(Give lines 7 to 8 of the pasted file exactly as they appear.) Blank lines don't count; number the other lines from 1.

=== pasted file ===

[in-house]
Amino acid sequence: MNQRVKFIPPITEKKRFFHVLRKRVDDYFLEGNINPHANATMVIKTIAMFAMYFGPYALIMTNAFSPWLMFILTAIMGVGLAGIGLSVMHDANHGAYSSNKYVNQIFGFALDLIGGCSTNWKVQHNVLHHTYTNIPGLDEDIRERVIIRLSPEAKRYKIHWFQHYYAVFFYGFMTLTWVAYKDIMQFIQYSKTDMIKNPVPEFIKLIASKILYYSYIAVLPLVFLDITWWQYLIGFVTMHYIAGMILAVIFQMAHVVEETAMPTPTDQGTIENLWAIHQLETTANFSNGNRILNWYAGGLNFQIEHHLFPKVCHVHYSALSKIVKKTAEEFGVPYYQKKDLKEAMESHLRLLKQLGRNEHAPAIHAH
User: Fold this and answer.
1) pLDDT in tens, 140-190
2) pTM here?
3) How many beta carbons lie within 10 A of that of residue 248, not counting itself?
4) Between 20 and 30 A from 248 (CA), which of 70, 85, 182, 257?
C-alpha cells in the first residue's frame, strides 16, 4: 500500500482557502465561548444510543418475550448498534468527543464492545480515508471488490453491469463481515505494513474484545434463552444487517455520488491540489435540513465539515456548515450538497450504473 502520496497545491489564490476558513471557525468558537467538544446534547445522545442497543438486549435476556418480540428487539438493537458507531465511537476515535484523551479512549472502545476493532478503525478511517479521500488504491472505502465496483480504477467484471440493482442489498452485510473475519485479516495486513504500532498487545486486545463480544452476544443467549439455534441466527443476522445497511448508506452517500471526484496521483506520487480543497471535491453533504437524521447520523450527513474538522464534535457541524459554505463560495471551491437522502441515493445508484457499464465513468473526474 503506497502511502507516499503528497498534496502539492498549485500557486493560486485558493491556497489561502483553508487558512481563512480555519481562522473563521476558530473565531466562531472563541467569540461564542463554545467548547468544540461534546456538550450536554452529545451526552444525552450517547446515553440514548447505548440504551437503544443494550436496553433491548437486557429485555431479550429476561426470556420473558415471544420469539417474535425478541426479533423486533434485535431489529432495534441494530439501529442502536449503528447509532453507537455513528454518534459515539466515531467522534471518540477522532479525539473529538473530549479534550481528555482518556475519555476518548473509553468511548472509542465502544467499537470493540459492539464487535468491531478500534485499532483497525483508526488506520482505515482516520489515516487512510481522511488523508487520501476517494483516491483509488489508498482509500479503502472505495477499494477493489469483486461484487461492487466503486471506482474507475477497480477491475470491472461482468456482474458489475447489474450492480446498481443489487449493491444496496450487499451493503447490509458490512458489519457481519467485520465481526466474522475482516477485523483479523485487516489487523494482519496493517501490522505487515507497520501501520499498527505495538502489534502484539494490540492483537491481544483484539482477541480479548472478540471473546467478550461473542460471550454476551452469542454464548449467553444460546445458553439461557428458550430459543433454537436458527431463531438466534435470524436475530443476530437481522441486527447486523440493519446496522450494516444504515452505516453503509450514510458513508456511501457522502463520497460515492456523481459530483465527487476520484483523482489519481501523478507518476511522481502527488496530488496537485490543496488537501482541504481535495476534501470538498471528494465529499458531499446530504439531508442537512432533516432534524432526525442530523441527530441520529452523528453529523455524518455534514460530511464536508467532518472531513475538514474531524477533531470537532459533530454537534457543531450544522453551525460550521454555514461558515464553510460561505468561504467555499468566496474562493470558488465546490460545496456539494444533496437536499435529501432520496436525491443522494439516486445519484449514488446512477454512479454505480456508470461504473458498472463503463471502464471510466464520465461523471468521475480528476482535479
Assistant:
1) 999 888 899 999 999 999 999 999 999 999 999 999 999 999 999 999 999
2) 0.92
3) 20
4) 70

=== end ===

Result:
4) Between 20 and 30 A from 248 (CA), which of 70, 85, 182, 257?
C-alpha cells in the first residue's frame, strides 16, 4: 500500500482557502465561548444510543418475550448498534468527543464492545480515508471488490453491469463481515505494513474484545434463552444487517455520488491540489435540513465539515456548515450538497450504473 502520496497545491489564490476558513471557525468558537467538544446534547445522545442497543438486549435476556418480540428487539438493537458507531465511537476515535484523551479512549472502545476493532478503525478511517479521500488504491472505502465496483480504477467484471440493482442489498452485510473475519485479516495486513504500532498487545486486545463480544452476544443467549439455534441466527443476522445497511448508506452517500471526484496521483506520487480543497471535491453533504437524521447520523450527513474538522464534535457541524459554505463560495471551491437522502441515493445508484457499464465513468473526474 503506497502511502507516499503528497498534496502539492498549485500557486493560486485558493491556497489561502483553508487558512481563512480555519481562522473563521476558530473565531466562531472563541467569540461564542463554545467548547468544540461534546456538550450536554452529545451526552444525552450517547446515553440514548447505548440504551437503544443494550436496553433491548437486557429485555431479550429476561426470556420473558415471544420469539417474535425478541426479533423486533434485535431489529432495534441494530439501529442502536449503528447509532453507537455513528454518534459515539466515531467522534471518540477522532479525539473529538473530549479534550481528555482518556475519555476518548473509553468511548472509542465502544467499537470493540459492539464487535468491531478500534485499532483497525483508526488506520482505515482516520489515516487512510481522511488523508487520501476517494483516491483509488489508498482509500479503502472505495477499494477493489469483486461484487461492487466503486471506482474507475477497480477491475470491472461482468456482474458489475447489474450492480446498481443489487449493491444496496450487499451493503447490509458490512458489519457481519467485520465481526466474522475482516477485523483479523485487516489487523494482519496493517501490522505487515507497520501501520499498527505495538502489534502484539494490540492483537491481544483484539482477541480479548472478540471473546467478550461473542460471550454476551452469542454464548449467553444460546445458553439461557428458550430459543433454537436458527431463531438466534435470524436475530443476530437481522441486527447486523440493519446496522450494516444504515452505516453503509450514510458513508456511501457522502463520497460515492456523481459530483465527487476520484483523482489519481501523478507518476511522481502527488496530488496537485490543496488537501482541504481535495476534501470538498471528494465529499458531499446530504439531508442537512432533516432534524432526525442530523441527530441520529452523528453529523455524518455534514460530511464536508467532518472531513475538514474531524477533531470537532459533530454537534457543531450544522453551525460550521454555514461558515464553510460561505468561504467555499468566496474562493470558488465546490460545496456539494444533496437536499435529501432520496436525491443522494439516486445519484449514488446512477454512479454505480456508470461504473458498472463503463471502464471510466464520465461523471468521475480528476482535479